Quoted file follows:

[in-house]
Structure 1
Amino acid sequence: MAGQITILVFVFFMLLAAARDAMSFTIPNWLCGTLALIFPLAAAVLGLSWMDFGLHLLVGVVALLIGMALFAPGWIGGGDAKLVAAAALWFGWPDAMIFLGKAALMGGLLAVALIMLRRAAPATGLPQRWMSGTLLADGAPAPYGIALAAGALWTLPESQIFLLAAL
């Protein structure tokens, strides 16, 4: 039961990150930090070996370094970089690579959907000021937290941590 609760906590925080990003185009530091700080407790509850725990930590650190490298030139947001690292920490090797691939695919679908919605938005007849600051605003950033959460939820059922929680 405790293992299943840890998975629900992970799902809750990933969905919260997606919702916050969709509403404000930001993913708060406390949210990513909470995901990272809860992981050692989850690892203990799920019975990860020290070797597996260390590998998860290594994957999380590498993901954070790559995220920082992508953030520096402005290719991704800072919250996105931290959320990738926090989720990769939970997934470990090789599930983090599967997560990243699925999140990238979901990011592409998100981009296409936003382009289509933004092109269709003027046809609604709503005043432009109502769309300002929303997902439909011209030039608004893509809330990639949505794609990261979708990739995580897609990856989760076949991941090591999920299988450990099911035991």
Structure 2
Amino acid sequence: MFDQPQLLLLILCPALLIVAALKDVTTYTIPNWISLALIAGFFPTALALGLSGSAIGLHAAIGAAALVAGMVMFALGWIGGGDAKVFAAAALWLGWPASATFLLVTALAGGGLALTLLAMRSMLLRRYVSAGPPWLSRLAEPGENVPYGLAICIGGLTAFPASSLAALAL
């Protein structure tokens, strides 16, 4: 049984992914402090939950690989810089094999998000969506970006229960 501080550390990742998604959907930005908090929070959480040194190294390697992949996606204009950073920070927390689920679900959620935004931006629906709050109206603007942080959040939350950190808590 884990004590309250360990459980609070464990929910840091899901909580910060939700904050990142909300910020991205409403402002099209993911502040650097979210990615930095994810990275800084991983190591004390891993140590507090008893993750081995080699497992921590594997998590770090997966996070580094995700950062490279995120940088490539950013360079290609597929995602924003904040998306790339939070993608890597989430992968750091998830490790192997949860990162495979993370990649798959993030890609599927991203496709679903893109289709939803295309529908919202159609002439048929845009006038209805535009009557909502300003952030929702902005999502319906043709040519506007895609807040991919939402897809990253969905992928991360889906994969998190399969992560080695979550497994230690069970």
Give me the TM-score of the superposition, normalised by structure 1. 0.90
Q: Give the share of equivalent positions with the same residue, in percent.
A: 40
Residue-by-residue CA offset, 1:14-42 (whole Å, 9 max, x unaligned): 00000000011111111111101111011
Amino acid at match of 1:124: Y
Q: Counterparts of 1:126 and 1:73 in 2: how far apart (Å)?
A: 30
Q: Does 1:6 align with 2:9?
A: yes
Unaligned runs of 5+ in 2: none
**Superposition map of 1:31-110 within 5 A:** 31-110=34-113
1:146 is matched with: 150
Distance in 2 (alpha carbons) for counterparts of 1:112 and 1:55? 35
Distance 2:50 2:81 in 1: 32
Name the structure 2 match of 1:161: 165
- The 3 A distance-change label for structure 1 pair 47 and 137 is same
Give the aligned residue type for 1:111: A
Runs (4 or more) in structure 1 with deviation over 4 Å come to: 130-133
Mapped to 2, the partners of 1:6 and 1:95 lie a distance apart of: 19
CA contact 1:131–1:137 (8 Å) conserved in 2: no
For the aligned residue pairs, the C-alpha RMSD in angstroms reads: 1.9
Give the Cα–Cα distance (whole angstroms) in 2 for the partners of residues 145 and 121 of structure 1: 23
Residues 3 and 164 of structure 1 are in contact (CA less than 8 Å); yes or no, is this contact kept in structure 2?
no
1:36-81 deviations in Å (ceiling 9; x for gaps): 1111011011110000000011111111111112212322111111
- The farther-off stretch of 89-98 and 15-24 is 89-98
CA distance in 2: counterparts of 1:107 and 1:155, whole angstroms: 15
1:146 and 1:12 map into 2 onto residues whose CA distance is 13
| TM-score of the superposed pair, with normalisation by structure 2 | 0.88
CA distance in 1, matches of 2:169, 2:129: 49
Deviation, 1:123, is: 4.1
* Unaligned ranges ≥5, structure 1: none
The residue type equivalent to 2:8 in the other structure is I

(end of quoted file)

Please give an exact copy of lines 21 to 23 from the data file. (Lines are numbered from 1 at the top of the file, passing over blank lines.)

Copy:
Distance 2:50 2:81 in 1: 32
Name the structure 2 match of 1:161: 165
- The 3 A distance-change label for structure 1 pair 47 and 137 is same